More difficult was the job of modifying the behavior or mores of Natives, in keeping with Christian concepts. For example, suicide and slavery were discouraged with rational arguments rather than by dictate, which the hierarchy felt would be self-defeating. So too were the petty vices of drinking, smoking, and gambling. One antidote to these temptations was to involve converts in the life of the church and community. Indeed, a significant number of Creoles and Natives became priests, deacons, officials in the Russian American Company, and high-ranking military officers.
Still, the bulk of the Natives who had been converted were constantly tempted by the ever-present influence of shamans seeking to return them to the “old ways.” In addition, the infrequent visits of parish priests, whose districts often spanned hundreds of miles, and the need to hunt and fish for survival inevitably weakened commitment to the Church. Nonetheless, the Russian priests succeeded admirably in Christianizing the Natives, as is witnessed by the deeply-rooted presence of Orthodoxy in Alaska.
Shamanism and Christianity
One of the most pervasive challenges faced by Orthodox missionaries, in addition to the elements, insufficient resources, and cultural barriers, was that of the traditional Native practice of shamanism. The shaman, a term which originated in Siberia and which means “he who knows,” possessed quasi-magical powers and was capable of protecting his followers from the powerful, often destructive forces believed to permeate the universe. Often serving as chief, priest, physician, and judge, the shaman was perhaps the most influential of tribal members.
As the priests noted time and again in their journals, Natives often slipped back into “paganism.” Indeed, tales are related of whole villages renouncing Christianity and returning to shamanism — a phenomenon abetted by the increasing competition among various Christian sects that occurred after the sale of Alaska to the United States in 1867. Despite the inherent antagonism between priest and shaman, at least one story is told of a priest, Father Belkov, who saved a shaman from the wrath of his followers.
Two other distinctive features of Native paganism were the reverence for totems and mummification, neither of which seems to have been problematic. The numerous totem poles found in Alaska reflect the Natives’ animistic beliefs, wherein a group is protected by a singular plant or animal whose image symbolizes their origin and familial unity. Mummification seems to have been less widespread, and was practiced among other cultures — in the Pacific; by the Incas; and in ancient Egypt. While traveling throughout his parish, Father Lavrentii Salamatov noted that mummification was reserved for people of stature, and apparently invovled a form of divination, based on the reading of body forms.
Second in importance to the conversion of Native Alaskans was their education. On the founding of the first Russian colony on Kodiak Island in 1784, a school as well as a church was immediately established. Significantly, the school, supported by the Russian American Company, was bilingual, with studies in Russian and Kodiak (Eskimo). Bilingualism and the close connection between commerce and education were to be hallmarks of the educational system throughout the Russian American era and well into the American period.
Undoubtedly the greatest educator in Russian America was Father Ioann Veniaminov, later Bishop Innokentii, who devised an alphabet for the Aleut language, expanded the educational system, and insisted that priests learn Native languages and customs. In 1841, he established the ecclesiastical seminary at Novoarkhangelsk (Sitka), which included coursework in Latin, trigonometry, navigation, medicine, and six years of Native languages. Local parish schools offered reading, writing, and arithmetic, Biblical history, penmanship, music, and, at times, as many as four languages simultaneously: Russian, Old Church Slavonic, English, and a Native language. Indeed, the stories of the many remarkable graduates of the Church system, mostly Creoles like the priest Iakov Netsvetov and the explorer-soldier Alexander Kashevarov, are among the most moving in the history of Russian America.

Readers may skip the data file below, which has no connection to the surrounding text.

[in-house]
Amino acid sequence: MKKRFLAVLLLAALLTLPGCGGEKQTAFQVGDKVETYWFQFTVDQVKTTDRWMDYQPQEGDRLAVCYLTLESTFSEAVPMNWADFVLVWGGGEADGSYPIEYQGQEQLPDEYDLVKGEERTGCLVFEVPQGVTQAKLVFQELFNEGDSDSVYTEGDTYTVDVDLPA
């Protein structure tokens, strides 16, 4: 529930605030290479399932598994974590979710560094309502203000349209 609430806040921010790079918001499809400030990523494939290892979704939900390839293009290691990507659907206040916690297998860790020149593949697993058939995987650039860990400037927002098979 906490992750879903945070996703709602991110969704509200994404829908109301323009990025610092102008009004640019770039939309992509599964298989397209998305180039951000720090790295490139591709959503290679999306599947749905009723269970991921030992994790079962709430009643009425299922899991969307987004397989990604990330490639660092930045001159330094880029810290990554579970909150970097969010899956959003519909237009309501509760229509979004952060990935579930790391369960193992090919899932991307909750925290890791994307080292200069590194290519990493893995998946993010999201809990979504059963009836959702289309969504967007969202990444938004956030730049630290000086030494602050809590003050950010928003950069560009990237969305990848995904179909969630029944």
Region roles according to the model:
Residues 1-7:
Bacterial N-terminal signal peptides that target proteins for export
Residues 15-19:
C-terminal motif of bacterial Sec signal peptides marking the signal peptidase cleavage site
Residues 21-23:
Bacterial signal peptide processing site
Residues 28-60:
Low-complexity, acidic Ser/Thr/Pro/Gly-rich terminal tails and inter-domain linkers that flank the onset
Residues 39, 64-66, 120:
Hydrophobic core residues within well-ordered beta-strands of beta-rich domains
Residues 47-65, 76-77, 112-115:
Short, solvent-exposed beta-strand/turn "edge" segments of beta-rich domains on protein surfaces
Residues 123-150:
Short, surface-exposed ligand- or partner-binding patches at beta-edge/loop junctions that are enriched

The Russian American tradition of bilingualism is often contrasted with the American system, dominated by the Presbyterian minister Sheldon Jackson. Appointed the first Federal superintendent for public instruction in 1885, Jackson decreed that only English could be taught at schools. His antagonism toward the “Greek” church prevented his recognizing the unusual success of the bilingual Russian program, whose effects are still evident today.
Preserving Native Languages
Among the most enduring legacies of Russian America are the works written and published in Native Alaskan languages: translations of Christian texts, dictionaries of Native words, grammars, primers, and prayer books. The tradition among Russians of giving literary form to spoken languages dates back to the fourtheenth century, when St. Stephen of Perm created an alphabet for the Komi, finnic tribes in northeastern Russia. The tradition was not universally applied, as political factors sometimes required the suppression of native tongues.
Soon after the founding of Russian America, attempts were made to learn Native languages. As early as 1805 Nikolai Resanov of the Russian American Company compiled a dictionary of some 1200 words in six Native Alaskan languages. The greatest proponent of multilingualism was Father Ioann Veniaminov. He created an alphabet for the Aleut language, and, with the help of the Aleut Toien (Chief) Ivan Pan’kov, wrote and published in 1834 an Aleut catechism, the first book published in an Alaskan Native language.
As Bishop Innokentii, Veniaminov encouraged the study of Tlingit and a variety of Aleut-Eskimo dialects such as Atkan and Central Yup’ik, most successfully through his Creole protege, the priest Iakov Netsvetov. The latter, in turn, trained other Native and Creole priests such as Innokentii Shaiashnikov and Lavrentii Salamatov, who continued his work well into the American period.
With the American purchase of Alaska in 1867, the understanding of Native languages declined, although notable efforts to translate Tlingit were made. Ironically, in the sunset of Russian influence in Alaska, more translations (about fifteen) were published than in the “Golden Age” of the 1830s – 1860s (about eight), but many of these were reissues of earlier pioneering studies.